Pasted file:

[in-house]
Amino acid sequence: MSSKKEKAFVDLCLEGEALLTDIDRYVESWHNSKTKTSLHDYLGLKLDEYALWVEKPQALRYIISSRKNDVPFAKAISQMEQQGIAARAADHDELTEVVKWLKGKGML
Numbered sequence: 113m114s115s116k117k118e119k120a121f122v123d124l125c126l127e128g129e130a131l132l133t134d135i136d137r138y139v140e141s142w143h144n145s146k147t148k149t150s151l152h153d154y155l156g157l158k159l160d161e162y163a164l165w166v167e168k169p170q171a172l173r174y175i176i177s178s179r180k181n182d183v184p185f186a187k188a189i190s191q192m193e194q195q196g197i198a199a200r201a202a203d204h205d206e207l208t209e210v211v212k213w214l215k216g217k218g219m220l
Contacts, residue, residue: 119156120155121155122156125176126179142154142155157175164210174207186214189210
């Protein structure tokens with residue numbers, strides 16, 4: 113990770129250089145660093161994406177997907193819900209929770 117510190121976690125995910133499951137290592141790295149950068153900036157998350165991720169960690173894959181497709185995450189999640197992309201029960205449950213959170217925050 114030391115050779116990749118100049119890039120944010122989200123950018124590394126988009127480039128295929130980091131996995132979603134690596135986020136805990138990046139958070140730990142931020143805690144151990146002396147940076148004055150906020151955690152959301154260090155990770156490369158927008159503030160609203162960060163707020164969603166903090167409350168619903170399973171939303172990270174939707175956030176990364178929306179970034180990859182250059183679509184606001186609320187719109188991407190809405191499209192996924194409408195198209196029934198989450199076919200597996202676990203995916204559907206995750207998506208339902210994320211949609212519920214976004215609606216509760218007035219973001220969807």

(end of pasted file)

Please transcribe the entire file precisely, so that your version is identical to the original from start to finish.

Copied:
[in-house]
Amino acid sequence: MSSKKEKAFVDLCLEGEALLTDIDRYVESWHNSKTKTSLHDYLGLKLDEYALWVEKPQALRYIISSRKNDVPFAKAISQMEQQGIAARAADHDELTEVVKWLKGKGML
Numbered sequence: 113m114s115s116k117k118e119k120a121f122v123d124l125c126l127e128g129e130a131l132l133t134d135i136d137r138y139v140e141s142w143h144n145s146k147t148k149t150s151l152h153d154y155l156g157l158k159l160d161e162y163a164l165w166v167e168k169p170q171a172l173r174y175i176i177s178s179r180k181n182d183v184p185f186a187k188a189i190s191q192m193e194q195q196g197i198a199a200r201a202a203d204h205d206e207l208t209e210v211v212k213w214l215k216g217k218g219m220l
Contacts, residue, residue: 119156120155121155122156125176126179142154142155157175164210174207186214189210
């Protein structure tokens with residue numbers, strides 16, 4: 113990770129250089145660093161994406177997907193819900209929770 117510190121976690125995910133499951137290592141790295149950068153900036157998350165991720169960690173894959181497709185995450189999640197992309201029960205449950213959170217925050 114030391115050779116990749118100049119890039120944010122989200123950018124590394126988009127480039128295929130980091131996995132979603134690596135986020136805990138990046139958070140730990142931020143805690144151990146002396147940076148004055150906020151955690152959301154260090155990770156490369158927008159503030160609203162960060163707020164969603166903090167409350168619903170399973171939303172990270174939707175956030176990364178929306179970034180990859182250059183679509184606001186609320187719109188991407190809405191499209192996924194409408195198209196029934198989450199076919200597996202676990203995916204559907206995750207998506208339902210994320211949609212519920214976004215609606216509760218007035219973001220969807």